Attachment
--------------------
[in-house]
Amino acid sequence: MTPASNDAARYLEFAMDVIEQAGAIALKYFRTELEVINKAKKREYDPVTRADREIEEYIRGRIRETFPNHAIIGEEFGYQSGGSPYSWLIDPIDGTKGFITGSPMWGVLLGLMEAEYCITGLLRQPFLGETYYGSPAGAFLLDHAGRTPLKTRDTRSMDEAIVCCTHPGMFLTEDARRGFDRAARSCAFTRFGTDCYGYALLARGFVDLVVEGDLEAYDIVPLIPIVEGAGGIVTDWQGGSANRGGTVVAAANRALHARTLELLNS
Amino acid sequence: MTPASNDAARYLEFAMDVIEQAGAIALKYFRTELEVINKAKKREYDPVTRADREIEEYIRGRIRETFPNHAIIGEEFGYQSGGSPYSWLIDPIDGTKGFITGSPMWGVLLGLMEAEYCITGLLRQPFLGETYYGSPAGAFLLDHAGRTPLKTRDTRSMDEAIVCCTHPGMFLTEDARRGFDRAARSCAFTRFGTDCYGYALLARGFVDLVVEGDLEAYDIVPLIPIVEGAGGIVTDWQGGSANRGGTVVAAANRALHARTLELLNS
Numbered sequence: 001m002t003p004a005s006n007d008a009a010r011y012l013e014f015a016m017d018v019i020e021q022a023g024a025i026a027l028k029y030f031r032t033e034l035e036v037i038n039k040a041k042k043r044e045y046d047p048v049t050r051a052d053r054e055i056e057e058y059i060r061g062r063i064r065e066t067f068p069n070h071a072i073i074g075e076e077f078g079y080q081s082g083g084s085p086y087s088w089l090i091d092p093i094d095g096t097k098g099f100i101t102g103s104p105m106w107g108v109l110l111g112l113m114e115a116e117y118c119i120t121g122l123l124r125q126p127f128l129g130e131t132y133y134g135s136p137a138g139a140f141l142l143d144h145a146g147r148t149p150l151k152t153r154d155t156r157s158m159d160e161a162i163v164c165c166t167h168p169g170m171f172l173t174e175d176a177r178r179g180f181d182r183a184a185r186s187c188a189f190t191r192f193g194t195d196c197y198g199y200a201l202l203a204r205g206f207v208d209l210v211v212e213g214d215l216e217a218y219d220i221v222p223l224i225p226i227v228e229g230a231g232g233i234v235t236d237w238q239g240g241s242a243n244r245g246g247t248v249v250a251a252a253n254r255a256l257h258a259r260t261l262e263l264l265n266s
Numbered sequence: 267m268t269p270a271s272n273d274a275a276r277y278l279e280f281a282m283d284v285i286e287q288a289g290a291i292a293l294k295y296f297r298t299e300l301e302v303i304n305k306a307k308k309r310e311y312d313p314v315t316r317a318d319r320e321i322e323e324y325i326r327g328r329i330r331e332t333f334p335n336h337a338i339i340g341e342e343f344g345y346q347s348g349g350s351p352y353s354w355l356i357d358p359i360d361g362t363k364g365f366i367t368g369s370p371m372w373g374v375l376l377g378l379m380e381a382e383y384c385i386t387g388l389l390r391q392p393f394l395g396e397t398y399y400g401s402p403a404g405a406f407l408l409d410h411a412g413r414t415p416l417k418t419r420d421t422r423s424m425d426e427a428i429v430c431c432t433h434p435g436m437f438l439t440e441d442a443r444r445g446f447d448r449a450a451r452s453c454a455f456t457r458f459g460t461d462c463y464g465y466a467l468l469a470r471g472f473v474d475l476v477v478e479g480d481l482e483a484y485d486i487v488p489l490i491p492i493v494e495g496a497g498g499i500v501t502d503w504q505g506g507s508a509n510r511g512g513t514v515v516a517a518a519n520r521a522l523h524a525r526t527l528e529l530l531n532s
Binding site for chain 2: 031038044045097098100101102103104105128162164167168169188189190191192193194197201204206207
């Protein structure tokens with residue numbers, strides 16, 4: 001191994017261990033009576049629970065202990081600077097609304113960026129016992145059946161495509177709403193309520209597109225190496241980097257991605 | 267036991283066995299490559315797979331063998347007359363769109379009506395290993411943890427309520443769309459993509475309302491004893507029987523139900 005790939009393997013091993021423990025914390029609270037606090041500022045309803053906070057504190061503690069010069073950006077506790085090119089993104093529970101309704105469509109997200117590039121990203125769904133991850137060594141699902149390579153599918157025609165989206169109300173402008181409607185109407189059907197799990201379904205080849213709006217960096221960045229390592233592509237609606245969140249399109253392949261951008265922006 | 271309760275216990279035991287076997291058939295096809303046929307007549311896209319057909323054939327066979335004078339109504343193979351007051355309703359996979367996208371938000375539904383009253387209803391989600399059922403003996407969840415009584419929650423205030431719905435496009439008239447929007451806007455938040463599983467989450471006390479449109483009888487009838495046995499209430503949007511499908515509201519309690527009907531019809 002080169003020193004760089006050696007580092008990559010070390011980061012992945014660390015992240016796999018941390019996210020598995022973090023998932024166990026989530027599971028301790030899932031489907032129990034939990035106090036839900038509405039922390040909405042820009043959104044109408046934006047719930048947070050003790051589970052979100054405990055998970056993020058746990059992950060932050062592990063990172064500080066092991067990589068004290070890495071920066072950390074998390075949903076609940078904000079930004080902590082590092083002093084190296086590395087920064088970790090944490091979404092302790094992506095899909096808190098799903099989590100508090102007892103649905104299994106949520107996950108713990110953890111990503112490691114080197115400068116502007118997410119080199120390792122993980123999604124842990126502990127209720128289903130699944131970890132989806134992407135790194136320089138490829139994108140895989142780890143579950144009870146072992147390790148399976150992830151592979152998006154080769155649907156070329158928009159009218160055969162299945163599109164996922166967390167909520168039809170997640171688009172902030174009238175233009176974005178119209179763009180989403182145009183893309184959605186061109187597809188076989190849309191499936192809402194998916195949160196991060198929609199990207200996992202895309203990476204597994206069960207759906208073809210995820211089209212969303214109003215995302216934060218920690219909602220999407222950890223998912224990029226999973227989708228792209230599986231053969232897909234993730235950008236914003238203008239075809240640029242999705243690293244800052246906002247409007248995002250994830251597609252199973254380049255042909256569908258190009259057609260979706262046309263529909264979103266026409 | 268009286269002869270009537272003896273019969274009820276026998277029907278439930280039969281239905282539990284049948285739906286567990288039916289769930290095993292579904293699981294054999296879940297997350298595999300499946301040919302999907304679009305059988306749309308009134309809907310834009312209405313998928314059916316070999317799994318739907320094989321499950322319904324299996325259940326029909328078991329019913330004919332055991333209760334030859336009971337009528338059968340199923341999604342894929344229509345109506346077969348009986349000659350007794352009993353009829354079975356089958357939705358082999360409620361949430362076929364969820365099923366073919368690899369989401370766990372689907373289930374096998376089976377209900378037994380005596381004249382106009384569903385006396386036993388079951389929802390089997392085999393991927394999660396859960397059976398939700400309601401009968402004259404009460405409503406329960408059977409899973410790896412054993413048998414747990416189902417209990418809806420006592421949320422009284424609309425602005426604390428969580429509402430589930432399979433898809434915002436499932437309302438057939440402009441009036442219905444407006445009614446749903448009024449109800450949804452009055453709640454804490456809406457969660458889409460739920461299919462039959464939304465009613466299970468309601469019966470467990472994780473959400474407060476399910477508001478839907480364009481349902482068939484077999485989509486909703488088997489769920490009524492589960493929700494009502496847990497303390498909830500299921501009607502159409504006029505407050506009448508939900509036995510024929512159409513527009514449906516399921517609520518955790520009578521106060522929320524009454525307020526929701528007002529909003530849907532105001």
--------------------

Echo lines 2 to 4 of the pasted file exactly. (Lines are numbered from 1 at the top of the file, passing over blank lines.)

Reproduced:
Amino acid sequence: MTPASNDAARYLEFAMDVIEQAGAIALKYFRTELEVINKAKKREYDPVTRADREIEEYIRGRIRETFPNHAIIGEEFGYQSGGSPYSWLIDPIDGTKGFITGSPMWGVLLGLMEAEYCITGLLRQPFLGETYYGSPAGAFLLDHAGRTPLKTRDTRSMDEAIVCCTHPGMFLTEDARRGFDRAARSCAFTRFGTDCYGYALLARGFVDLVVEGDLEAYDIVPLIPIVEGAGGIVTDWQGGSANRGGTVVAAANRALHARTLELLNS
Amino acid sequence: MTPASNDAARYLEFAMDVIEQAGAIALKYFRTELEVINKAKKREYDPVTRADREIEEYIRGRIRETFPNHAIIGEEFGYQSGGSPYSWLIDPIDGTKGFITGSPMWGVLLGLMEAEYCITGLLRQPFLGETYYGSPAGAFLLDHAGRTPLKTRDTRSMDEAIVCCTHPGMFLTEDARRGFDRAARSCAFTRFGTDCYGYALLARGFVDLVVEGDLEAYDIVPLIPIVEGAGGIVTDWQGGSANRGGTVVAAANRALHARTLELLNS
Numbered sequence: 001m002t003p004a005s006n007d008a009a010r011y012l013e014f015a016m017d018v019i020e021q022a023g024a025i026a027l028k029y030f031r032t033e034l035e036v037i038n039k040a041k042k043r044e045y046d047p048v049t050r051a052d053r054e055i056e057e058y059i060r061g062r063i064r065e066t067f068p069n070h071a072i073i074g075e076e077f078g079y080q081s082g083g084s085p086y087s088w089l090i091d092p093i094d095g096t097k098g099f100i101t102g103s104p105m106w107g108v109l110l111g112l113m114e115a116e117y118c119i120t121g122l123l124r125q126p127f128l129g130e131t132y133y134g135s136p137a138g139a140f141l142l143d144h145a146g147r148t149p150l151k152t153r154d155t156r157s158m159d160e161a162i163v164c165c166t167h168p169g170m171f172l173t174e175d176a177r178r179g180f181d182r183a184a185r186s187c188a189f190t191r192f193g194t195d196c197y198g199y200a201l202l203a204r205g206f207v208d209l210v211v212e213g214d215l216e217a218y219d220i221v222p223l224i225p226i227v228e229g230a231g232g233i234v235t236d237w238q239g240g241s242a243n244r245g246g247t248v249v250a251a252a253n254r255a256l257h258a259r260t261l262e263l264l265n266s